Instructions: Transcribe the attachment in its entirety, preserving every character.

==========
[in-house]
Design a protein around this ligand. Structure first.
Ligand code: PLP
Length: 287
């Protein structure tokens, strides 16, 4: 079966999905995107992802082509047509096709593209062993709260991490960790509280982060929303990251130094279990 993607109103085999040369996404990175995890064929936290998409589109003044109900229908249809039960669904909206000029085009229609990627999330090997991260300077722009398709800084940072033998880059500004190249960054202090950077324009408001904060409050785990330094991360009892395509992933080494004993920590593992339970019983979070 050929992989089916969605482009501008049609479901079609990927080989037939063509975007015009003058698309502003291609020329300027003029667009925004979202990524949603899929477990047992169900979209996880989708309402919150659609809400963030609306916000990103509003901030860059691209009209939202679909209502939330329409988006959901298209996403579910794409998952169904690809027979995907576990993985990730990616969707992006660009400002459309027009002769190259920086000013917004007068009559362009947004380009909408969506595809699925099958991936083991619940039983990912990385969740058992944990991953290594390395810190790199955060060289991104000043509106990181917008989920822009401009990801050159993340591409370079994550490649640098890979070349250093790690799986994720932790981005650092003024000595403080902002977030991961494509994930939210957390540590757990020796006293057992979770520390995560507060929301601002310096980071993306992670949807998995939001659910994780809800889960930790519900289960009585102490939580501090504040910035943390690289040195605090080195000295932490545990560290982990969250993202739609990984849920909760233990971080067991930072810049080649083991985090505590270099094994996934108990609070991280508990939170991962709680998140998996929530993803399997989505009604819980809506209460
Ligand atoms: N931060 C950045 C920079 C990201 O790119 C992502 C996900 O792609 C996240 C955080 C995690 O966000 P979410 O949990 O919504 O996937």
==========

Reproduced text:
[in-house]
Design a protein around this ligand. Structure first.
Ligand code: PLP
Length: 287
């Protein structure tokens, strides 16, 4: 079966999905995107992802082509047509096709593209062993709260991490960790509280982060929303990251130094279990 993607109103085999040369996404990175995890064929936290998409589109003044109900229908249809039960669904909206000029085009229609990627999330090997991260300077722009398709800084940072033998880059500004190249960054202090950077324009408001904060409050785990330094991360009892395509992933080494004993920590593992339970019983979070 050929992989089916969605482009501008049609479901079609990927080989037939063509975007015009003058698309502003291609020329300027003029667009925004979202990524949603899929477990047992169900979209996880989708309402919150659609809400963030609306916000990103509003901030860059691209009209939202679909209502939330329409988006959901298209996403579910794409998952169904690809027979995907576990993985990730990616969707992006660009400002459309027009002769190259920086000013917004007068009559362009947004380009909408969506595809699925099958991936083991619940039983990912990385969740058992944990991953290594390395810190790199955060060289991104000043509106990181917008989920822009401009990801050159993340591409370079994550490649640098890979070349250093790690799986994720932790981005650092003024000595403080902002977030991961494509994930939210957390540590757990020796006293057992979770520390995560507060929301601002310096980071993306992670949807998995939001659910994780809800889960930790519900289960009585102490939580501090504040910035943390690289040195605090080195000295932490545990560290982990969250993202739609990984849920909760233990971080067991930072810049080649083991985090505590270099094994996934108990609070991280508990939170991962709680998140998996929530993803399997989505009604819980809506209460
Ligand atoms: N931060 C950045 C920079 C990201 O790119 C992502 C996900 O792609 C996240 C955080 C995690 O966000 P979410 O949990 O919504 O996937």